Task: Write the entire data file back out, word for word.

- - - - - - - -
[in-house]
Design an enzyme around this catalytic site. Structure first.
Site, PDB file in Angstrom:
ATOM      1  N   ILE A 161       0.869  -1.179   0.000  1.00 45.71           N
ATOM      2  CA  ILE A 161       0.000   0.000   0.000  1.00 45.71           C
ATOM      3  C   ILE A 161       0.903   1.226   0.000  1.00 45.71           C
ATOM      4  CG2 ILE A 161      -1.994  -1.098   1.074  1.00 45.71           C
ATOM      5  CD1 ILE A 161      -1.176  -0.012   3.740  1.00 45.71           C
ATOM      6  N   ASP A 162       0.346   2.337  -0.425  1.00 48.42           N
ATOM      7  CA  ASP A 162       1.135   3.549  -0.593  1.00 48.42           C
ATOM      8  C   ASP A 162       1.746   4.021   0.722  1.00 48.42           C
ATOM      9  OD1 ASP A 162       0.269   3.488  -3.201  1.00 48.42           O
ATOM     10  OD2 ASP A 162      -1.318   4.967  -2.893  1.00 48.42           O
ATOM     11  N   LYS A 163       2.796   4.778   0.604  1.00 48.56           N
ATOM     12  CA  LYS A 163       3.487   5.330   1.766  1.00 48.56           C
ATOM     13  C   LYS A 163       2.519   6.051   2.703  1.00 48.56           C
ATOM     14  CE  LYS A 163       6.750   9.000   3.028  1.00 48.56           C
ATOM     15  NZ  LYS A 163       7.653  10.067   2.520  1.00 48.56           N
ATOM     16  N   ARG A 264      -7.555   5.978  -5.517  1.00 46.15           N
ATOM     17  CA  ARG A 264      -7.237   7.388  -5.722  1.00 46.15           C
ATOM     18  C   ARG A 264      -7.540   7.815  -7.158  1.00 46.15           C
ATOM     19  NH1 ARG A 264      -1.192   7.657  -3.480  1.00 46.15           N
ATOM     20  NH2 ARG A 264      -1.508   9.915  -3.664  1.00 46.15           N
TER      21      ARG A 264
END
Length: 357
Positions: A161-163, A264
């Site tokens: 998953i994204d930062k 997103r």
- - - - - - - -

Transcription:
[in-house]
Design an enzyme around this catalytic site. Structure first.
Site, PDB file in Angstrom:
ATOM      1  N   ILE A 161       0.869  -1.179   0.000  1.00 45.71           N
ATOM      2  CA  ILE A 161       0.000   0.000   0.000  1.00 45.71           C
ATOM      3  C   ILE A 161       0.903   1.226   0.000  1.00 45.71           C
ATOM      4  CG2 ILE A 161      -1.994  -1.098   1.074  1.00 45.71           C
ATOM      5  CD1 ILE A 161      -1.176  -0.012   3.740  1.00 45.71           C
ATOM      6  N   ASP A 162       0.346   2.337  -0.425  1.00 48.42           N
ATOM      7  CA  ASP A 162       1.135   3.549  -0.593  1.00 48.42           C
ATOM      8  C   ASP A 162       1.746   4.021   0.722  1.00 48.42           C
ATOM      9  OD1 ASP A 162       0.269   3.488  -3.201  1.00 48.42           O
ATOM     10  OD2 ASP A 162      -1.318   4.967  -2.893  1.00 48.42           O
ATOM     11  N   LYS A 163       2.796   4.778   0.604  1.00 48.56           N
ATOM     12  CA  LYS A 163       3.487   5.330   1.766  1.00 48.56           C
ATOM     13  C   LYS A 163       2.519   6.051   2.703  1.00 48.56           C
ATOM     14  CE  LYS A 163       6.750   9.000   3.028  1.00 48.56           C
ATOM     15  NZ  LYS A 163       7.653  10.067   2.520  1.00 48.56           N
ATOM     16  N   ARG A 264      -7.555   5.978  -5.517  1.00 46.15           N
ATOM     17  CA  ARG A 264      -7.237   7.388  -5.722  1.00 46.15           C
ATOM     18  C   ARG A 264      -7.540   7.815  -7.158  1.00 46.15           C
ATOM     19  NH1 ARG A 264      -1.192   7.657  -3.480  1.00 46.15           N
ATOM     20  NH2 ARG A 264      -1.508   9.915  -3.664  1.00 46.15           N
TER      21      ARG A 264
END
Length: 357
Positions: A161-163, A264
């Site tokens: 998953i994204d930062k 997103r």